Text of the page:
Amy lingered at the edge of the dance floor, laughing. I stared at her. I sipped my drink. She looked so beautiful in her wedding gown.
Her face was amazingly symmetrical, her slight dark red brows arched gracefully. She had high finely pronounced cheekbones and strong features, a straight nose above a wide full mouth and a delicately rounded chin. Her lashes were long and dark, they brushed her cheeks softly when she looked down. Her perfect porcelain skin was flushed with joy. I couldn’t look away, her face, so mesmerizing, so powerful. Almost too powerful. Too beautiful.
The dress she wore was cut low on her chest, the slight sleeves were slipping off her soft pale shoulders. The dress tightened around her small waist and erupted into a long pearly train. The bodice was covered in sequins, the lights in the room danced on her chest. She was sparkling.
Her full lips were coated in blood-red lipstick. Her rich dark red hair was brushed up elegantly and decorated with silver jewels. She wore long silver earrings that looked like teardrops and on her long thin pale finger, she wore a sparkling silver ring.
I felt my heart fluttering in my chest. I put my drink down on the table and moved through the crowd rapidly. Many people sent me annoyed looks and frown. But I ignored them. I shoved my way to her.
Lily her short, dark-haired friend moved away with her boyfriend. Amy was alone. On her wedding day. She stood alone, staring at the dancing floor, her lips smiling.
My hand reached out before I could stop it. My fingers brushed against her pale shoulder. Amy jumped and whipped around. I stared into her wide surprised eyes. Such beautiful eyes. Light blue, rimmed with back. Eyes I had gotten lost in so many times. Eyes that appeared in my dreams, thoughts, and nightmares.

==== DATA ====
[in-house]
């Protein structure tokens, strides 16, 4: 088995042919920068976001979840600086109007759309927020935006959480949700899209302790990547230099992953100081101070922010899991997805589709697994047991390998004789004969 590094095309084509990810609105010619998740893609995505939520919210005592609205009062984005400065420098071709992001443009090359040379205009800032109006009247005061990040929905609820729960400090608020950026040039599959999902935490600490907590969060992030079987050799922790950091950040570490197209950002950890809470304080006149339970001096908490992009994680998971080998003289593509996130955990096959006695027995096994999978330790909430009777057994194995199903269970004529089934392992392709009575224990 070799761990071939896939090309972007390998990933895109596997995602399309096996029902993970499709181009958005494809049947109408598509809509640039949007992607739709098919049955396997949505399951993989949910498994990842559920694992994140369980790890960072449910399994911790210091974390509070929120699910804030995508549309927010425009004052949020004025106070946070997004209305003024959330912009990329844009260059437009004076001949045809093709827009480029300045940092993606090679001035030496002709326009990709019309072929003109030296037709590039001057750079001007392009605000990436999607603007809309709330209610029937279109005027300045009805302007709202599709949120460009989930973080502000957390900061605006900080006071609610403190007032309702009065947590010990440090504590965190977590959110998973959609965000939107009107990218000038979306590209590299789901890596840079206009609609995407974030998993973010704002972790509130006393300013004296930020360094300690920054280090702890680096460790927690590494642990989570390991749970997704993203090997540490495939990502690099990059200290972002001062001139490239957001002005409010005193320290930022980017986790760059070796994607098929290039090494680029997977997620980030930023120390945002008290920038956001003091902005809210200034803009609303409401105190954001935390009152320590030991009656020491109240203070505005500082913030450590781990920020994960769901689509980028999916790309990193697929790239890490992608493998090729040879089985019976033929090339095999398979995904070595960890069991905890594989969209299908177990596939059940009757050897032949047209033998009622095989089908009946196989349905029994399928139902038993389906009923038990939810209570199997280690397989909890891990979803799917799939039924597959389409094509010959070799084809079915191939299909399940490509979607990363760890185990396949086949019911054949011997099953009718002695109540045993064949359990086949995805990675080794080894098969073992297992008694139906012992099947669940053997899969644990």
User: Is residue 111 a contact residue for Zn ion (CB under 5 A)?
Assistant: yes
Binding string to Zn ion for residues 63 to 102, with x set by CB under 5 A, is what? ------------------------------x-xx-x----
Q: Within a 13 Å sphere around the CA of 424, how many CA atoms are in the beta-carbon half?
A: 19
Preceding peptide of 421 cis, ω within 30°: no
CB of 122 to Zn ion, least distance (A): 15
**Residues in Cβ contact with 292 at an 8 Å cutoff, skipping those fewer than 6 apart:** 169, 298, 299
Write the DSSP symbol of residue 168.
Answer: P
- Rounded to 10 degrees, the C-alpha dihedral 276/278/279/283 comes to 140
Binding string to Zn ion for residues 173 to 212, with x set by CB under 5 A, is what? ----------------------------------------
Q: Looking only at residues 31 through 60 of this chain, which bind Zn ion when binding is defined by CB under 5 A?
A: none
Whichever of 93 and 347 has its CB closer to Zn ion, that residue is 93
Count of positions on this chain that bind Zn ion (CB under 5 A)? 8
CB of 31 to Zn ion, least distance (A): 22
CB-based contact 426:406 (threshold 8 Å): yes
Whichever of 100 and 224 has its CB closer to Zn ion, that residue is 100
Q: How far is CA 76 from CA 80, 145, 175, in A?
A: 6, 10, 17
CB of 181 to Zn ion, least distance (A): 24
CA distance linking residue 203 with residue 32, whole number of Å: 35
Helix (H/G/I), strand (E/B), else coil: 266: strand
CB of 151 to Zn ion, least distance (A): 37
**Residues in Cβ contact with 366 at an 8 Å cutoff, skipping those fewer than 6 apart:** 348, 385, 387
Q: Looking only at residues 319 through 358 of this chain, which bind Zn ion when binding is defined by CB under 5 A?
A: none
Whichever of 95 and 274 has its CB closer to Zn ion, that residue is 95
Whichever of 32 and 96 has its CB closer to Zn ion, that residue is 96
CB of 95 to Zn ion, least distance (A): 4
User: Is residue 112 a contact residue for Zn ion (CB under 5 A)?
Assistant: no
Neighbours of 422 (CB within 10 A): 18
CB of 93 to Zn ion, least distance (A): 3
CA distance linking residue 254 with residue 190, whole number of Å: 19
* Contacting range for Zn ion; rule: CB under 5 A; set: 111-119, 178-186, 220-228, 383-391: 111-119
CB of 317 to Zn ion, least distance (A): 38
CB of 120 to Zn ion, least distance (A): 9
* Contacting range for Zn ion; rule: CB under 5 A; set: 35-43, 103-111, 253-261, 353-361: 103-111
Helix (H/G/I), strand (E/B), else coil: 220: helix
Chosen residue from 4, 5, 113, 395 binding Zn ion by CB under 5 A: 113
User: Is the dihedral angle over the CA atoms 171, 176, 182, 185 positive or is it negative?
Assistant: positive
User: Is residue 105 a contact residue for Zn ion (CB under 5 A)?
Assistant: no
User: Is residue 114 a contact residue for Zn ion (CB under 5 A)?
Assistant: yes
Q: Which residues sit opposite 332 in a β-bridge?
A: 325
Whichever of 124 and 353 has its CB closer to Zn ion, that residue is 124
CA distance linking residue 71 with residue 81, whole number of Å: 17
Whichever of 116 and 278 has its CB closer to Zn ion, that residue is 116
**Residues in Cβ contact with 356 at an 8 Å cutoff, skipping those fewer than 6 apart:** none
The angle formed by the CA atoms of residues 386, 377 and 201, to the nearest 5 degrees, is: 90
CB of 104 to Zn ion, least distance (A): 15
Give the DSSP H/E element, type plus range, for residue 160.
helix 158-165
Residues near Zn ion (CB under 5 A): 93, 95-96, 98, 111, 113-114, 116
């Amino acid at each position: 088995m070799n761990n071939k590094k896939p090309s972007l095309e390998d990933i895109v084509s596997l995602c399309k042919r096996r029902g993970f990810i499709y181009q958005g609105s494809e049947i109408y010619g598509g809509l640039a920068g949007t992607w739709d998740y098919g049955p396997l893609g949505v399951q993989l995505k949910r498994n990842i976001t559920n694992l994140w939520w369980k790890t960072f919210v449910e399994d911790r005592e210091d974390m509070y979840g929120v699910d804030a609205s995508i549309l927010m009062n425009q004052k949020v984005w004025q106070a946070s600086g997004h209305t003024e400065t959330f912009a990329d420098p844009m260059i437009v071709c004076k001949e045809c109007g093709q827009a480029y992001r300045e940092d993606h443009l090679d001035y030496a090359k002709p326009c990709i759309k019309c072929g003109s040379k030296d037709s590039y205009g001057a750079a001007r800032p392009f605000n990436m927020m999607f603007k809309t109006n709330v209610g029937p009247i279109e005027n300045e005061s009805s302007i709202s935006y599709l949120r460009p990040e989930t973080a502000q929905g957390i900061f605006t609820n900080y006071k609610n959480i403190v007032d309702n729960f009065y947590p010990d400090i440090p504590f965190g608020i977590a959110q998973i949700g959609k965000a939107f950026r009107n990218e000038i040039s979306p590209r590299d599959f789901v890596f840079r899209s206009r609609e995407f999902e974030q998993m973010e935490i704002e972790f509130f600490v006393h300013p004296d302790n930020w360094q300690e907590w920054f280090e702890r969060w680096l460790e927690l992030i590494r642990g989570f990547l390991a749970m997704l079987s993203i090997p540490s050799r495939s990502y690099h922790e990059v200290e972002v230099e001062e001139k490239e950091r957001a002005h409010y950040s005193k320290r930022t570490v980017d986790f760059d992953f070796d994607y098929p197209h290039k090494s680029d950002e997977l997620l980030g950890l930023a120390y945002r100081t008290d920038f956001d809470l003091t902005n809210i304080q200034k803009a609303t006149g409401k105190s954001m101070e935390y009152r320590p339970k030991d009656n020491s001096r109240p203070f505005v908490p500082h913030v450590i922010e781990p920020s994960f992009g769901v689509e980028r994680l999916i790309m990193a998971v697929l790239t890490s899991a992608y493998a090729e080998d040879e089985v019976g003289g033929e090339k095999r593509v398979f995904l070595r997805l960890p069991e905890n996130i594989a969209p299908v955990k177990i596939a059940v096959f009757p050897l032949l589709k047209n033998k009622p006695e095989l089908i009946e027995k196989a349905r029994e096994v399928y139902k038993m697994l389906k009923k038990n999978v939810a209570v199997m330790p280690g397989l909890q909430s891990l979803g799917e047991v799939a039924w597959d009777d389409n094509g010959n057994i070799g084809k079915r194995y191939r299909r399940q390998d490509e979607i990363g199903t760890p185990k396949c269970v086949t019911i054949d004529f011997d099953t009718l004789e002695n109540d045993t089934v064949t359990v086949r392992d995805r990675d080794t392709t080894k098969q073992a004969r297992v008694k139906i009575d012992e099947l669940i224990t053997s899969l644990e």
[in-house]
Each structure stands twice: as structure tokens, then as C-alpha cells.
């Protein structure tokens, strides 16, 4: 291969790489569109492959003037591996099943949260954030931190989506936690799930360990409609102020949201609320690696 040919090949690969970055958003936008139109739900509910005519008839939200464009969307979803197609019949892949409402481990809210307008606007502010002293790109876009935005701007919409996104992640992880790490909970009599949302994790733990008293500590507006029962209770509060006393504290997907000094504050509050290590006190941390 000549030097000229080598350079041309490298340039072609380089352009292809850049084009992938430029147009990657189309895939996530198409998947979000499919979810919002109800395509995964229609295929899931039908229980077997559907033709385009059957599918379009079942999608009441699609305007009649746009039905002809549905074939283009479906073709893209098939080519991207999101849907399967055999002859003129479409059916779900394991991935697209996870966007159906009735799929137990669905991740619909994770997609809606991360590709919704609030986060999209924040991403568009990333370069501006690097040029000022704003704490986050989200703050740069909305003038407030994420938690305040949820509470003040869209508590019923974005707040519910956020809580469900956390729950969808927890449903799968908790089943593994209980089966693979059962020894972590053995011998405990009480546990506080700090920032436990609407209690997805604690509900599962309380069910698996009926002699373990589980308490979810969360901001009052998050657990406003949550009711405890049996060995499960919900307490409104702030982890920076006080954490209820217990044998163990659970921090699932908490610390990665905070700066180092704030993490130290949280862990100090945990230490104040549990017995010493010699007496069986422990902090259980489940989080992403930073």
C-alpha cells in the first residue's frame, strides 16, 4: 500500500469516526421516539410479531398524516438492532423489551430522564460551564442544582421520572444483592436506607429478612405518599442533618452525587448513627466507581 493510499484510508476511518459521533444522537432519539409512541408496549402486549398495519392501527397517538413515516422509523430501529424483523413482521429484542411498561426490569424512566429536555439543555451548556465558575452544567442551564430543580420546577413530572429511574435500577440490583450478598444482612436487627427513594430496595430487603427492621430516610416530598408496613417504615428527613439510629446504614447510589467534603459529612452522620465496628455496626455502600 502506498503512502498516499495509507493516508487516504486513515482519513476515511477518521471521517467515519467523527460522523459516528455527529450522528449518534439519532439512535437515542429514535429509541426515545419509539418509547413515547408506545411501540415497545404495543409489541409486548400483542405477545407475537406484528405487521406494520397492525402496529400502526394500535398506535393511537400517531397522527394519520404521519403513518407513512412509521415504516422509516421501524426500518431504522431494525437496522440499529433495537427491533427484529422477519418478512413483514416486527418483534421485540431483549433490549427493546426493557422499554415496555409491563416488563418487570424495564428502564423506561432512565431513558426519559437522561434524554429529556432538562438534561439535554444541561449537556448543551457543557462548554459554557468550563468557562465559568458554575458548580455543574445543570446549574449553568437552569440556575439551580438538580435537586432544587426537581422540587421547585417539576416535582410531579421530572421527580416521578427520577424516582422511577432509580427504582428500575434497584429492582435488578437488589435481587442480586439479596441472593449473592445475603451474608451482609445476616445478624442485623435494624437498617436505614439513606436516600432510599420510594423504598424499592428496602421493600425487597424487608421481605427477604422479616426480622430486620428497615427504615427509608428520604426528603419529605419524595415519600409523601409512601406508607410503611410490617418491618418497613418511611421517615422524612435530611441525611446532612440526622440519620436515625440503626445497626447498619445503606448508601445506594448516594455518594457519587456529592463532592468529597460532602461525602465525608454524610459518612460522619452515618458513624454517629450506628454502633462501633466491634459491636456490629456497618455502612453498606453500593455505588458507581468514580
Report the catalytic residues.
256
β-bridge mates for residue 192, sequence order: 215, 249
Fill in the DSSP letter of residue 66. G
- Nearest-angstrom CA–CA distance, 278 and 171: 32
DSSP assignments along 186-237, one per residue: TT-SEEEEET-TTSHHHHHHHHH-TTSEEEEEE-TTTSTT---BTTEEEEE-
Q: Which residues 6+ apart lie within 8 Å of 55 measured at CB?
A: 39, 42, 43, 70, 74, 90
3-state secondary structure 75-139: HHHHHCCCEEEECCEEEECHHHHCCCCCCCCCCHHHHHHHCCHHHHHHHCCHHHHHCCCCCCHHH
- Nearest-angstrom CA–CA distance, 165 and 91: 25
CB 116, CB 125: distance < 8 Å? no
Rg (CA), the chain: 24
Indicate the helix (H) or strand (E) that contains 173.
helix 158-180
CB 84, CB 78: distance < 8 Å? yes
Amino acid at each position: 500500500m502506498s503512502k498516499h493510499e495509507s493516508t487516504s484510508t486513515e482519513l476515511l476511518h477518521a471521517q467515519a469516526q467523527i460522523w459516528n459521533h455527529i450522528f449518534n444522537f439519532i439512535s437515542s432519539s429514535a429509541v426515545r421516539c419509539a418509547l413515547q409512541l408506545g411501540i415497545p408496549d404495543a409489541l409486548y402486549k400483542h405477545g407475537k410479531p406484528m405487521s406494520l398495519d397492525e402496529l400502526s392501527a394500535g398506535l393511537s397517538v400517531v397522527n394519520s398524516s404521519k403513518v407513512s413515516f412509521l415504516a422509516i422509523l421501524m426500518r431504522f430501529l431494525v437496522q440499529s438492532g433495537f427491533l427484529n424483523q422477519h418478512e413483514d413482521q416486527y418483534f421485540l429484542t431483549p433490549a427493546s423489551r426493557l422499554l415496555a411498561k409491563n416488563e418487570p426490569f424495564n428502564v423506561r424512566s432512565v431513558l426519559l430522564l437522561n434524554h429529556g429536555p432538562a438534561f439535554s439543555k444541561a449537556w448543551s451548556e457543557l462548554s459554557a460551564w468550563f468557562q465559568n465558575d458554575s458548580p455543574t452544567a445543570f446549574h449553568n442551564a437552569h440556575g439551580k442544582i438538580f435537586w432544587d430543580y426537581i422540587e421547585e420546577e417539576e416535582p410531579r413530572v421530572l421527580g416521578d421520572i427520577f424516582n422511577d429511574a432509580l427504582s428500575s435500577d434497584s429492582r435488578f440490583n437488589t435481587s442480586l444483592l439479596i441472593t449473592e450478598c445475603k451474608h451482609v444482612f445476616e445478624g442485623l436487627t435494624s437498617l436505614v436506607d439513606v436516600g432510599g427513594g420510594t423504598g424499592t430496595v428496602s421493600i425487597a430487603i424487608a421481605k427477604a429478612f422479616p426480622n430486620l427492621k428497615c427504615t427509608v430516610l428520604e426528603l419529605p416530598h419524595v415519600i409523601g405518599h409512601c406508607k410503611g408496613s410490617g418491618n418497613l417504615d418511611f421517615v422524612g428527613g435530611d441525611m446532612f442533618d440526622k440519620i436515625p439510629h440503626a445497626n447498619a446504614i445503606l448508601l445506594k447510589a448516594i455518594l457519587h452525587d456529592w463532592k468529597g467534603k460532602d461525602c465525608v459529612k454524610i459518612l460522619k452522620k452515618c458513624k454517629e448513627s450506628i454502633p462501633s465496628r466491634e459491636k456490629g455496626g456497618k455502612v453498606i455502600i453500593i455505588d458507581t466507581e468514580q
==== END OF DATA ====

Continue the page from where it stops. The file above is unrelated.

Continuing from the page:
She smiled at me, I couldn’t help smiling back.
“ Thomas,” she flashed me her pearly whites.
“ Would you like to dance?” I asked holding my elbow out. Amy’s gaze lowered as she stared at my black tuxedo cuff. A single lock of her auburn hair separated from its silver clip and curled against her face.
“ Amy?” I peered down. Her head flashed up and she grinned at me. She wrapped her arm tightly around mine and let me lead her onto the dance floor.
The music changed to a waltz almost the second we started dancing. Amy met my gaze calmly as I wrapped my arm around her slight waist and pulled her body against mine. Her arms folded around my neck, she rested her head on my chest. I held her tighter. She was so perfect, so fragile. I wanted to hold her forever.
I nuzzled my face into her hair, into her neck breathed and in her thick beautiful fragrance.
I could remember our first embrace, our first kiss and the first night we’d spent in bed, our bodies merged, our fingers entwined, just chatting. I could remember the first time we met as if it was yesterday. It had been raining, one of those heavy, soaking freezing rain storms. The city was empty, the thunder erupted overhead. I could barely see anything through my windshield. My mates were roaring drunk in the back seat, I could remember laughing along with them. We were driving home from a rock concert. It had been my turn to stay sober. I wasn’t looking at the road, so I didn’t see her race across.
I’d turn my head just as my car collided with her body. Immediately, I slammed the breaks on. My mates stopped laughing. I’d stared out the windshield squinting at the road in front of me.
“ Tom! Tom, what’s happened, mate?” Jack had demanded poking my shoulder.
“ I think I just hit someone,” I remember murmuring. My own words had snapped me out of my shock. “ Stay in here your morons!” I shot at my friends before shoving the door open.
I raced to the front of the car, the rain pelted down on me. I was soaked in second. But I didn’t care. I was staring at the body lying on the road. Not moving.
I remember she was wearing a dark red dress, at first I had thought it was blood. I’d rushed to her side, and rolled her over. I could remember being struck by her face immediately. Her cheeks here flushed, her eyes closed. Her forehead was bleeding, the blood had mixed with the rainwater and trickled down her face.
I felt my heart tighten. She looked my age, she was beautiful and she wasn’t breathing. My mates started rolling out of the car whispering loudly how I’d killed someone.